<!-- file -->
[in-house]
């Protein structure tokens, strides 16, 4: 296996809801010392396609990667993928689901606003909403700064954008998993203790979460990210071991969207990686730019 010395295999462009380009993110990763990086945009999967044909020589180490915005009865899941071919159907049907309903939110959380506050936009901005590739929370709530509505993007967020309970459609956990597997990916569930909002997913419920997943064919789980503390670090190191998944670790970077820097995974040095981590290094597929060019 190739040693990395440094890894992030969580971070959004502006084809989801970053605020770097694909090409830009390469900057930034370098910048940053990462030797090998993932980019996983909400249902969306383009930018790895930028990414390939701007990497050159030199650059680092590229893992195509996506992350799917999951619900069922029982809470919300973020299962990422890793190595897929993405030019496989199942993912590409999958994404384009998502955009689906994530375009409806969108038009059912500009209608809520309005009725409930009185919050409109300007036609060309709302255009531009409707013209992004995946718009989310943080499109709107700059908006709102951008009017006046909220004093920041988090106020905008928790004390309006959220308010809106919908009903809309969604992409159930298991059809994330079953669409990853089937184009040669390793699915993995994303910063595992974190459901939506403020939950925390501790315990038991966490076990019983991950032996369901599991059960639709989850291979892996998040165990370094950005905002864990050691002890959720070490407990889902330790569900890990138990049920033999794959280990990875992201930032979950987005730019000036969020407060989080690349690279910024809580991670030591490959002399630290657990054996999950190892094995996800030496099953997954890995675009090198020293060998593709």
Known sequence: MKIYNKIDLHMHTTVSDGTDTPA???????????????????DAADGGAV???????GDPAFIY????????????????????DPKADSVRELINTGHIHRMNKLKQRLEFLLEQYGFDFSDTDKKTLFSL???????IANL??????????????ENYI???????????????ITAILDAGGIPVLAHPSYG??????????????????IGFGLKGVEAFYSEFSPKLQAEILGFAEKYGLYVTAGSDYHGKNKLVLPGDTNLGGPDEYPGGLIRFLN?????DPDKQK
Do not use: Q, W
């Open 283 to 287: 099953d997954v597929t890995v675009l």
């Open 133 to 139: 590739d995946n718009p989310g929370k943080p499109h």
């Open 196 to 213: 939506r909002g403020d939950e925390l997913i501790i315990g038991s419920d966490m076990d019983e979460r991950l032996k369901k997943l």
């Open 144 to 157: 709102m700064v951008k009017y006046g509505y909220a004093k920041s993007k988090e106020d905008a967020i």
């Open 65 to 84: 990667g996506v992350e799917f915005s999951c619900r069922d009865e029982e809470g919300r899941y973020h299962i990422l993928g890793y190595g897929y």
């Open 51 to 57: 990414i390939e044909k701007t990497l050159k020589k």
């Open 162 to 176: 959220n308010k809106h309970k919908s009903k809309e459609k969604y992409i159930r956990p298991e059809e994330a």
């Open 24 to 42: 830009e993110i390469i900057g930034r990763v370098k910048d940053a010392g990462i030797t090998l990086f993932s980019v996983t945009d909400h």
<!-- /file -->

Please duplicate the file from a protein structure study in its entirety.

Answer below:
[in-house]
């Protein structure tokens, strides 16, 4: 296996809801010392396609990667993928689901606003909403700064954008998993203790979460990210071991969207990686730019 010395295999462009380009993110990763990086945009999967044909020589180490915005009865899941071919159907049907309903939110959380506050936009901005590739929370709530509505993007967020309970459609956990597997990916569930909002997913419920997943064919789980503390670090190191998944670790970077820097995974040095981590290094597929060019 190739040693990395440094890894992030969580971070959004502006084809989801970053605020770097694909090409830009390469900057930034370098910048940053990462030797090998993932980019996983909400249902969306383009930018790895930028990414390939701007990497050159030199650059680092590229893992195509996506992350799917999951619900069922029982809470919300973020299962990422890793190595897929993405030019496989199942993912590409999958994404384009998502955009689906994530375009409806969108038009059912500009209608809520309005009725409930009185919050409109300007036609060309709302255009531009409707013209992004995946718009989310943080499109709107700059908006709102951008009017006046909220004093920041988090106020905008928790004390309006959220308010809106919908009903809309969604992409159930298991059809994330079953669409990853089937184009040669390793699915993995994303910063595992974190459901939506403020939950925390501790315990038991966490076990019983991950032996369901599991059960639709989850291979892996998040165990370094950005905002864990050691002890959720070490407990889902330790569900890990138990049920033999794959280990990875992201930032979950987005730019000036969020407060989080690349690279910024809580991670030591490959002399630290657990054996999950190892094995996800030496099953997954890995675009090198020293060998593709």
Known sequence: MKIYNKIDLHMHTTVSDGTDTPA???????????????????DAADGGAV???????GDPAFIY????????????????????DPKADSVRELINTGHIHRMNKLKQRLEFLLEQYGFDFSDTDKKTLFSL???????IANL??????????????ENYI???????????????ITAILDAGGIPVLAHPSYG??????????????????IGFGLKGVEAFYSEFSPKLQAEILGFAEKYGLYVTAGSDYHGKNKLVLPGDTNLGGPDEYPGGLIRFLN?????DPDKQK
Do not use: Q, W
């Open 283 to 287: 099953d997954v597929t890995v675009l």
């Open 133 to 139: 590739d995946n718009p989310g929370k943080p499109h």
């Open 196 to 213: 939506r909002g403020d939950e925390l997913i501790i315990g038991s419920d966490m076990d019983e979460r991950l032996k369901k997943l």
């Open 144 to 157: 709102m700064v951008k009017y006046g509505y909220a004093k920041s993007k988090e106020d905008a967020i």
């Open 65 to 84: 990667g996506v992350e799917f915005s999951c619900r069922d009865e029982e809470g919300r899941y973020h299962i990422l993928g890793y190595g897929y």
């Open 51 to 57: 990414i390939e044909k701007t990497l050159k020589k």
């Open 162 to 176: 959220n308010k809106h309970k919908s009903k809309e459609k969604y992409i159930r956990p298991e059809e994330a």
């Open 24 to 42: 830009e993110i390469i900057g930034r990763v370098k910048d940053a010392g990462i030797t090998l990086f993932s980019v996983t945009d909400h």